Wrong Way Home

A Firefly story by Matthew

Beyond wingtip, dragonfly contrails streak
the reddening dusk.
I'm in the air again,
still going the wrong way home.
  - from An exile commutes on 5371 by Deirdre Johnston


The young doctor sprawled in a chair at the head of the Serenity's galley table, half-full cup in one hand, a dusty, half-empty cord-wrapped bottle in the other. The mis-matched chairs around the table were precisely tipped forward to lean against the table's edge. Simon blearily stared at a point far beyond the middle of the table. He didn't react to the clump of boots on the catwalk, nor to the sudden appearance of Jayne. Jayne glanced at Simon as he headed for the coffee pot.

"Well, what'n the hell are YOU doin' up this early, Doc?" He smiled as he grabbed his large ceramic mug from the counter and tipped coffee into it. "Or you been up all night, carousin'-like?" When Simon didn't respond, Jayne reached over Simons' shoulder and snatched the bottle; he looked a little disappointed when Simon didn't react. He sniffed the bottle and grinned.

"Now, this here's the breakfast of champions," said Jayne, saluting Simon with a wave of the bottle, and poured a generous shot into his coffee. He plopped the bottle back in front of Simon, grabbed a chair and spun it around before straddling it. "What's the big occasion, Doc? Kaylee finally drop her drawers for ya?" Jayne chuckled, appreciating his own humor. He commenced spooning sugar into his cup.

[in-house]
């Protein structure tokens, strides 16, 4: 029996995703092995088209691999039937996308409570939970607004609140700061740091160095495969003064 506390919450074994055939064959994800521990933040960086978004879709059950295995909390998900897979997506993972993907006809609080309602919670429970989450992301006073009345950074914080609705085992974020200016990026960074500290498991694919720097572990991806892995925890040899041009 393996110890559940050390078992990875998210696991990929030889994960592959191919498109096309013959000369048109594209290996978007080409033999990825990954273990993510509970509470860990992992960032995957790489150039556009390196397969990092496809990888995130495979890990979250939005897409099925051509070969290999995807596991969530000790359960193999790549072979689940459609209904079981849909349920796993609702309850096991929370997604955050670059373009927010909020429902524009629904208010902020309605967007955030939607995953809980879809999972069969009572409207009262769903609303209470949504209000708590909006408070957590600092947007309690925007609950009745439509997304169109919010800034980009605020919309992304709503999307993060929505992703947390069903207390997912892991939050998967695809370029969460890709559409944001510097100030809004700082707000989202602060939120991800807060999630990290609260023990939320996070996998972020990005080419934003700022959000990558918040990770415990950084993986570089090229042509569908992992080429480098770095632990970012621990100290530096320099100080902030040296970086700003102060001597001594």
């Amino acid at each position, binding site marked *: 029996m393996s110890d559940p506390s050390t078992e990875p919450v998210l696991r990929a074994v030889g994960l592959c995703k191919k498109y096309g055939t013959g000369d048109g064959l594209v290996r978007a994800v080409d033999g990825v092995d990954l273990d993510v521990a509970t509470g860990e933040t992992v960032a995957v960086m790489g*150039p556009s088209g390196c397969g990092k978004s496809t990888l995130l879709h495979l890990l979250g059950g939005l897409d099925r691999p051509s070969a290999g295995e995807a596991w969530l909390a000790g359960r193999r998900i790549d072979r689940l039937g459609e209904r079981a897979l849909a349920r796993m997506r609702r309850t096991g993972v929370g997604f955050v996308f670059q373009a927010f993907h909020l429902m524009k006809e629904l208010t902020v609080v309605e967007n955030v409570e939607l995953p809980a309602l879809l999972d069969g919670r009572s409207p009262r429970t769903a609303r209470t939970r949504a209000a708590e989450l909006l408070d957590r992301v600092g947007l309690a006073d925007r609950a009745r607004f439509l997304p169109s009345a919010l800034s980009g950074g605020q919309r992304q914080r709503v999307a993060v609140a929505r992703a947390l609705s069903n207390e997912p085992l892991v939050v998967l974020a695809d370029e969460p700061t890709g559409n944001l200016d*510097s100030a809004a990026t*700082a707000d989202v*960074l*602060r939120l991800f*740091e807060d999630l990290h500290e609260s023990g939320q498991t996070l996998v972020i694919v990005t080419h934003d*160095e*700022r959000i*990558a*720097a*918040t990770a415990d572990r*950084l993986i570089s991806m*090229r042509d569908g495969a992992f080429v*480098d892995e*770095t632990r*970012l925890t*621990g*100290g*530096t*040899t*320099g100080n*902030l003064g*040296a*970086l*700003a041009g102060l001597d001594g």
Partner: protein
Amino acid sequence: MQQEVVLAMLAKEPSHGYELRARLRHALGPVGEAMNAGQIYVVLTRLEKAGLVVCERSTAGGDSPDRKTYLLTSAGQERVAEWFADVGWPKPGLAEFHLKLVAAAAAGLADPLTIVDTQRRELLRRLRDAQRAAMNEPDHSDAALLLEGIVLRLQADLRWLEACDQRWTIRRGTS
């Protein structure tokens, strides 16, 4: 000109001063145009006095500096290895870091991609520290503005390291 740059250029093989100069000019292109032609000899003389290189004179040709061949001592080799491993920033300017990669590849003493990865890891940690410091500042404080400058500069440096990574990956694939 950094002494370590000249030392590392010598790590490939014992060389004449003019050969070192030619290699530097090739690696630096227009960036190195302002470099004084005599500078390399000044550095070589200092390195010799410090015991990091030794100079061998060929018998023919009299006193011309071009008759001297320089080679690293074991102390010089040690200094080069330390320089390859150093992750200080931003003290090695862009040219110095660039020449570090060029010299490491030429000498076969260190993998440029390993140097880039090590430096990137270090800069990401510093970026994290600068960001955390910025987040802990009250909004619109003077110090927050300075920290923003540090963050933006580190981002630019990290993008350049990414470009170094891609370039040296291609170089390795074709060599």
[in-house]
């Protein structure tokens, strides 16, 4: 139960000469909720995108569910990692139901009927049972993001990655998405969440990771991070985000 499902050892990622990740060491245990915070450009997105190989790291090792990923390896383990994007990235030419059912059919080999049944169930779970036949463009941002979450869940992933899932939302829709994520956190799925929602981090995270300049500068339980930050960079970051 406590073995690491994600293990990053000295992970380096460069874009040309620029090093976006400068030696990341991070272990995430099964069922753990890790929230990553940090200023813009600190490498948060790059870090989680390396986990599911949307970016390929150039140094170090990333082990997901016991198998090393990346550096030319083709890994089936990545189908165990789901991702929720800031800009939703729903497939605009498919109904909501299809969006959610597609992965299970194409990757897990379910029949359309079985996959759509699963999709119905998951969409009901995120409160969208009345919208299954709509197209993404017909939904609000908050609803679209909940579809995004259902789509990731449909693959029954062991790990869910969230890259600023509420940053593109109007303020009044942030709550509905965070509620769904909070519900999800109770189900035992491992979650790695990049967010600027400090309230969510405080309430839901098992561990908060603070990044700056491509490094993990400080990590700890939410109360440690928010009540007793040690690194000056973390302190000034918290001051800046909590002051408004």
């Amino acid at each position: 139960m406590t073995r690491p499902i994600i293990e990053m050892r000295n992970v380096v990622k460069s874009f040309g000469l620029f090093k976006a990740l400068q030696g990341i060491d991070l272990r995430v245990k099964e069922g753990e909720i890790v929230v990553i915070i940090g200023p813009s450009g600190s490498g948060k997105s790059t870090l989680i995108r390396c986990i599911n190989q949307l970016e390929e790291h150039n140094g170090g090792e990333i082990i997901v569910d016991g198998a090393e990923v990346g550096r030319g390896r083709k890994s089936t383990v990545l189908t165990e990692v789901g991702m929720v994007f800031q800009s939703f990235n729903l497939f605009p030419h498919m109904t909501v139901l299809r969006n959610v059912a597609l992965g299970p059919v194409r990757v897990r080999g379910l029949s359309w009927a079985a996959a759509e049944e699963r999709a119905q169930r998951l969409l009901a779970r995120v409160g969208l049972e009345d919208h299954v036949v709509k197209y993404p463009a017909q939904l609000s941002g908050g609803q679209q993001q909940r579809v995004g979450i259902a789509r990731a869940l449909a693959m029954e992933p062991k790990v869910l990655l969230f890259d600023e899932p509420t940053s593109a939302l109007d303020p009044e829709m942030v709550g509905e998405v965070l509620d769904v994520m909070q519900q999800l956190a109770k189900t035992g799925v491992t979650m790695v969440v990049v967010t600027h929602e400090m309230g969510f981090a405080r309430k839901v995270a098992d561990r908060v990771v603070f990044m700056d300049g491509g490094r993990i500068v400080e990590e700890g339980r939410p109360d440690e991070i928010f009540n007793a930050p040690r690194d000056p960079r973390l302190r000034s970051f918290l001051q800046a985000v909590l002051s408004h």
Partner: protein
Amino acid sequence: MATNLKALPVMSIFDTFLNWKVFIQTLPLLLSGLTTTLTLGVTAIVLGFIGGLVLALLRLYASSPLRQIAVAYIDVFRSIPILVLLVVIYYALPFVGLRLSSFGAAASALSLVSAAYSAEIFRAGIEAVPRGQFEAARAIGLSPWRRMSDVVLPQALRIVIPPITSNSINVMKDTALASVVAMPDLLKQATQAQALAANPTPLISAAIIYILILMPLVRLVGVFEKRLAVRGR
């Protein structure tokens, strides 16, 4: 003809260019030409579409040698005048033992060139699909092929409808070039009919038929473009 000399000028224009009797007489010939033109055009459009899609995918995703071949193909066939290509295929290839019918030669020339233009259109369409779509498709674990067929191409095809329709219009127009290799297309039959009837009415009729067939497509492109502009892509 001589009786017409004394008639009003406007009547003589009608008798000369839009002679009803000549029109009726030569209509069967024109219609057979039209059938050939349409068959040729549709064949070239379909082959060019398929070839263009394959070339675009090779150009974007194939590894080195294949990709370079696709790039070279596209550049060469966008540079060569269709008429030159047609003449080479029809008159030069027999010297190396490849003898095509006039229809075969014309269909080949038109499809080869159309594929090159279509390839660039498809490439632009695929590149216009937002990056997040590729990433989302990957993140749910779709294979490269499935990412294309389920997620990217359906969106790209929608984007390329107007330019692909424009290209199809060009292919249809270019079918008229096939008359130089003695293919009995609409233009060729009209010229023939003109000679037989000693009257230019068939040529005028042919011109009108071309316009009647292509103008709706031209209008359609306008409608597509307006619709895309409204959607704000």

"Jayne," said Simon without looking up, "every time you descend further into crudity, I think that's it, that nobody can possibly be more boorish. Somehow, you manage it." He raised his eyes and focused on Jayne's smirk. "No, if you must know; I'm saying goodbye." Simon's drunkenness didn't seem to effect his voice much.

"Bout time." Jayne sipped his coffee and grimaced. "You ain't takin' all your stuff, are ya?" He added more sugar and another shot from the bottle while Simon grimly shook his head. "Ya don't wanna be all loaded down while your runnin' from the feds, trust me." Jayne sipped again, then half emptied the mug with a long drink.

"Not taking anything I didn't come with," muttered Simon. He fumbled in his shirt pocket and withdrew a small bottle, clutched it as he continued. "The occasion is the anniversary of the day I stepped on this ship. The occasion is I've left my home, and I'm saying goodbye to everything and everyone I'm never seeing again." He gestured to the tipped chair beside Jayne. "Goodbye to my Father, who raised and betrayed me," Simon said, then pointed at the place Jayne was sitting. "Goodbye to my Mother, who allowed my sister to be given to the beast." Jayne looked down uncomfortably at his chair, then got up and moved to refill his cup. Simon continued, pointing to each chair in turn. "Goodbye to my best friend, who I left behind to explain my disappearance." Jayne chose that chair to sit back down. "Goodbye to. . ." Jayne interrupted.

"All I wanna know is when I get my goodbyes, okay?" Jayne was clearly bothered, and sulkily returned to his coffee.

"Soon," said Simon, and giggled hysterically. "It won't be long now." Simon swallowed what remained in his glass in a gulp, then rolled the little bottle across the table to Jayne. It rolled to a stop, skull and crossbones grinning up at Jayne. "I put that in the bottle last night, for my last goodbye drink. Thanks for joining me." Simon staggered to his feet, stood swaying unsteadily.

"But, this is poison, ain't it?" Jayne poked at the bottle gingerly, and it obligingly rolled over, revealing large blood-red letters spelling 'Poison'.